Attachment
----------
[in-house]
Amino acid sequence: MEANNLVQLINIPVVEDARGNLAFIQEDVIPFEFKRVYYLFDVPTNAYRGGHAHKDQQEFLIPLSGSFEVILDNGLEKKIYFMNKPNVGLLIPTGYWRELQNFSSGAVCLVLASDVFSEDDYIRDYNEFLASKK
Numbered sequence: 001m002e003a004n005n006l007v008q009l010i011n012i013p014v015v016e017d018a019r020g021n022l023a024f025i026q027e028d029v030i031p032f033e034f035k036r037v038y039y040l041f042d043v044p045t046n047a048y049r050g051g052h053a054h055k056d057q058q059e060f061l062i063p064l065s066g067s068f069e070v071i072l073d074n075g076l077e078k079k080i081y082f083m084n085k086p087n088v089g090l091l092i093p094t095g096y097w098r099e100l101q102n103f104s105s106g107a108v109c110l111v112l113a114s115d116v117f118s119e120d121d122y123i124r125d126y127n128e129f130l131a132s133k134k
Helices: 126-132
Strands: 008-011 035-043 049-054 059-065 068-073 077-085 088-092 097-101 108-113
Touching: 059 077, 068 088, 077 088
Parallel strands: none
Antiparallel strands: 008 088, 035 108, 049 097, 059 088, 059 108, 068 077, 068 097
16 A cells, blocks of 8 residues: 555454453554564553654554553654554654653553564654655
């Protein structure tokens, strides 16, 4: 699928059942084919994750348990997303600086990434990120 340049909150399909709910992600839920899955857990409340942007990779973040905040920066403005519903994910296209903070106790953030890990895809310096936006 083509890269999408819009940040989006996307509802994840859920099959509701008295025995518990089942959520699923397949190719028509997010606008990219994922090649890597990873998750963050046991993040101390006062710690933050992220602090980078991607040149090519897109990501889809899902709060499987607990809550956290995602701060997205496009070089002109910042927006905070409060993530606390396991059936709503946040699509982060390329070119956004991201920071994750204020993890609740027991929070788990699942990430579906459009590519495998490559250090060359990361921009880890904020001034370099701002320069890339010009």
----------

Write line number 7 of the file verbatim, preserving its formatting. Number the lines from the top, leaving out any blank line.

Parallel strands: none